The Boks will win in Sydney. The bones have spoken. If your score is the correct one you will win a year’s subscription to SA Rugby Magazine.
The Boks have everything in their favour and the Wallabies have everything to lose. If the Wallabies win, so what? They’ve knocked over a South African squad missing 20 players.
All week the Aussies have bleated about the disrespect of South Africa sending a second rate team. They’ve done nothing but complain. All their administration has done is increase the pressure on the Wallabies. How do you lose now if you are an Aussie player?
If Bob Skinstad’s Boks get knocked over, there are no surprises. As Skinstad could rightly claim, the A team is in Cape Town on rehabilitation. His parting message could be, there’s 20 other boys who’ll see you in Paris.
But that’s not the Skinstad way and he is the ideal captain for this kind of situation. He will inspire players to believe they can beat Australia. As he said in the build-up to the test this is one that will be won on simplicity, passion and enthusiasm. The Aussies have ridiculed the make-up of the Boks line-up. But those who have hurled the insults don’t have to face the 15 insulted Boks on Saturday evening. The Australian media and administration don’t have to take the tackle, get stuck at the bottom of a ruck or engage in the scrum.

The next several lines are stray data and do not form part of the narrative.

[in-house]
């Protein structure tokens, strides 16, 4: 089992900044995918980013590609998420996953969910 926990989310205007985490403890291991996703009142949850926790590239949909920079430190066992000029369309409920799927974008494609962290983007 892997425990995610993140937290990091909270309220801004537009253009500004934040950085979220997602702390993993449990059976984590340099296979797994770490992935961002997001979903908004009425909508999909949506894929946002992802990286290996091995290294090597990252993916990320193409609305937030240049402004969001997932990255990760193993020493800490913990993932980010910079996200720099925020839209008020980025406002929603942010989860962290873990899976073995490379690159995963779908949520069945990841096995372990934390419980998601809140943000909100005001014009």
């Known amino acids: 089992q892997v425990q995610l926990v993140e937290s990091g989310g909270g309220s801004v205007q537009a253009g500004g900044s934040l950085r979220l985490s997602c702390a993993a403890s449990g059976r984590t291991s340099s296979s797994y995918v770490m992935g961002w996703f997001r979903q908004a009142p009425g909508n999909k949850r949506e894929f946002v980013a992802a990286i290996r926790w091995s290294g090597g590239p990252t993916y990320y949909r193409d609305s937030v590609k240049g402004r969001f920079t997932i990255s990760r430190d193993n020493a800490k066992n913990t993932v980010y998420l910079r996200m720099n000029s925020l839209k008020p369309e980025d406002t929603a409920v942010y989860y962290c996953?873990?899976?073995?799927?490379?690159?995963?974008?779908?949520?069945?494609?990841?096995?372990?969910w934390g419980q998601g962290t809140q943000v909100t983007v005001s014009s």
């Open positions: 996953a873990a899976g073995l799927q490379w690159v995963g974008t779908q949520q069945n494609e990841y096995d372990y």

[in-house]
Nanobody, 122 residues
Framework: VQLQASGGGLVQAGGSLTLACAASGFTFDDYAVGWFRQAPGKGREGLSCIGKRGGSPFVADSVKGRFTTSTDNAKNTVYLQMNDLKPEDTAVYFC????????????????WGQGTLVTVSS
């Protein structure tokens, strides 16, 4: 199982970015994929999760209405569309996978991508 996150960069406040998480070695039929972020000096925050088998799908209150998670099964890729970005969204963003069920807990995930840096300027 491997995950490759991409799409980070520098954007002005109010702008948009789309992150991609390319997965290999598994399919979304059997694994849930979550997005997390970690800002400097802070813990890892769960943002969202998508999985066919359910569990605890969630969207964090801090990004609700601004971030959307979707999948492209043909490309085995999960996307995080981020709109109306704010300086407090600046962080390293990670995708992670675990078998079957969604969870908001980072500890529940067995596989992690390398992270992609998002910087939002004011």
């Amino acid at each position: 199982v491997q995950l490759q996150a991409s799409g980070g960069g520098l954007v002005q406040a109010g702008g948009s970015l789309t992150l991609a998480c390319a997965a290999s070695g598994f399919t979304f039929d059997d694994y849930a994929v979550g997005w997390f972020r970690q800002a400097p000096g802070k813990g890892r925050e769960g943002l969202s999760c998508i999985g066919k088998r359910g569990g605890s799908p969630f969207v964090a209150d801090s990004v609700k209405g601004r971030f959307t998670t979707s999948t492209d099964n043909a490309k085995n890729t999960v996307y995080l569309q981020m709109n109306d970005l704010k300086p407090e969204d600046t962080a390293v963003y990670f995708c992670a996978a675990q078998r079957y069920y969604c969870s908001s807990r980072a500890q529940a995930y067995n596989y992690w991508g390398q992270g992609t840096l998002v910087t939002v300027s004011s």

A Bok team has never been better positioned before a test in Australia. There is absolutely no expectation on them and while it is a depleted line-up of what is available to Bok coach Jake White it is by no means a poor side. The pack, it could be argued, is even more physical than the one that started against the All Blacks in Durban.
And if this pack gets any form of dominance, then Ruan Pienaar’s kicking game will determine the outcome of the test. Pienaar is the most important link to the test, more so than Derick Hougaard. It is to Pienaar who the Boks will look to create uncertainty in the Australian defence.
Australia are a good side, but they’re not as good as their 20-15 result against New Zealand suggests. The back three is average, the pack is good without being imposing and Australia invariably have been troubled by the Boks aggressive defence.
New Zealand, well below par in Melbourne, would have won had Marius Jonker not been so intimidated by George Gregan or so charitable to the home team. Jonker’s sin-binning of Carl Hayman for supposedly infringing in the danger zone (45 metres from the tryline) is something the Aussies won’t get from New Zealander Paul Honiss.
Backing the Boks to beat Australia is not a patriotic call. It is one based on a gut feeling that these Boks are not so bad and the Aussies are not so good.
Boks to win by five – 22-17. The bones have been rolled and they’ve spoken.